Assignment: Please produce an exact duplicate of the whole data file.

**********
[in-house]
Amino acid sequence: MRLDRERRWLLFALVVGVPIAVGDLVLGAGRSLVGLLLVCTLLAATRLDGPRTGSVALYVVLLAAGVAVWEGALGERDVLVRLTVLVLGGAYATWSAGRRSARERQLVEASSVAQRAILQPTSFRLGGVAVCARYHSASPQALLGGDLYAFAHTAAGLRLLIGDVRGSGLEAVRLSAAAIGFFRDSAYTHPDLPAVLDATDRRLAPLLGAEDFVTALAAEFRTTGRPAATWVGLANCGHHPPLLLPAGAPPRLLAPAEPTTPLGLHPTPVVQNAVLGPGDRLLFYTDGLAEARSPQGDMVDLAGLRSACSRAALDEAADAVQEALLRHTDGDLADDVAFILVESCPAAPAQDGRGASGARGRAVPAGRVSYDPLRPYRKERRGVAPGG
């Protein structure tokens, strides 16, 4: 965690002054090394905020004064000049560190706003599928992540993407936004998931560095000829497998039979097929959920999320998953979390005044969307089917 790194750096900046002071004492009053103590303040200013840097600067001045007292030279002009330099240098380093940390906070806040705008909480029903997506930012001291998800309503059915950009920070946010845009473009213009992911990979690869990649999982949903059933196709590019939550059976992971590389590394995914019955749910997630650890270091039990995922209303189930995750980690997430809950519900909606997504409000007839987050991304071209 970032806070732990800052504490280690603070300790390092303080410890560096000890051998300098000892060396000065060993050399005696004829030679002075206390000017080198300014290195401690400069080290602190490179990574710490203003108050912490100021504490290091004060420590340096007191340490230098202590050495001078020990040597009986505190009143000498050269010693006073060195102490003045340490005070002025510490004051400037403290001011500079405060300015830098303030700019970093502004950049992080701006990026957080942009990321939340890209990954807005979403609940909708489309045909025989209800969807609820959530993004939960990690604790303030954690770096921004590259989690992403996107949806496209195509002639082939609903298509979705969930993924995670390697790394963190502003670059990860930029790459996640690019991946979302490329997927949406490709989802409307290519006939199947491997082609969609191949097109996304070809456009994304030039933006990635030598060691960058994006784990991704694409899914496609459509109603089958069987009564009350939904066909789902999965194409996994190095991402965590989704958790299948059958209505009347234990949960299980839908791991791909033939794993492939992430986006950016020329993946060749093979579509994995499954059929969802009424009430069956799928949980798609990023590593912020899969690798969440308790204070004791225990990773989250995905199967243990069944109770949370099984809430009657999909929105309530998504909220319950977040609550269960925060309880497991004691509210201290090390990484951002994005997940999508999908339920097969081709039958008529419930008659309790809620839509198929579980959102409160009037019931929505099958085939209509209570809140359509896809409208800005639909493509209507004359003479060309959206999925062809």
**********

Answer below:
[in-house]
Amino acid sequence: MRLDRERRWLLFALVVGVPIAVGDLVLGAGRSLVGLLLVCTLLAATRLDGPRTGSVALYVVLLAAGVAVWEGALGERDVLVRLTVLVLGGAYATWSAGRRSARERQLVEASSVAQRAILQPTSFRLGGVAVCARYHSASPQALLGGDLYAFAHTAAGLRLLIGDVRGSGLEAVRLSAAAIGFFRDSAYTHPDLPAVLDATDRRLAPLLGAEDFVTALAAEFRTTGRPAATWVGLANCGHHPPLLLPAGAPPRLLAPAEPTTPLGLHPTPVVQNAVLGPGDRLLFYTDGLAEARSPQGDMVDLAGLRSACSRAALDEAADAVQEALLRHTDGDLADDVAFILVESCPAAPAQDGRGASGARGRAVPAGRVSYDPLRPYRKERRGVAPGG
């Protein structure tokens, strides 16, 4: 965690002054090394905020004064000049560190706003599928992540993407936004998931560095000829497998039979097929959920999320998953979390005044969307089917 790194750096900046002071004492009053103590303040200013840097600067001045007292030279002009330099240098380093940390906070806040705008909480029903997506930012001291998800309503059915950009920070946010845009473009213009992911990979690869990649999982949903059933196709590019939550059976992971590389590394995914019955749910997630650890270091039990995922209303189930995750980690997430809950519900909606997504409000007839987050991304071209 970032806070732990800052504490280690603070300790390092303080410890560096000890051998300098000892060396000065060993050399005696004829030679002075206390000017080198300014290195401690400069080290602190490179990574710490203003108050912490100021504490290091004060420590340096007191340490230098202590050495001078020990040597009986505190009143000498050269010693006073060195102490003045340490005070002025510490004051400037403290001011500079405060300015830098303030700019970093502004950049992080701006990026957080942009990321939340890209990954807005979403609940909708489309045909025989209800969807609820959530993004939960990690604790303030954690770096921004590259989690992403996107949806496209195509002639082939609903298509979705969930993924995670390697790394963190502003670059990860930029790459996640690019991946979302490329997927949406490709989802409307290519006939199947491997082609969609191949097109996304070809456009994304030039933006990635030598060691960058994006784990991704694409899914496609459509109603089958069987009564009350939904066909789902999965194409996994190095991402965590989704958790299948059958209505009347234990949960299980839908791991791909033939794993492939992430986006950016020329993946060749093979579509994995499954059929969802009424009430069956799928949980798609990023590593912020899969690798969440308790204070004791225990990773989250995905199967243990069944109770949370099984809430009657999909929105309530998504909220319950977040609550269960925060309880497991004691509210201290090390990484951002994005997940999508999908339920097969081709039958008529419930008659309790809620839509198929579980959102409160009037019931929505099958085939209509209570809140359509896809409208800005639909493509209507004359003479060309959206999925062809």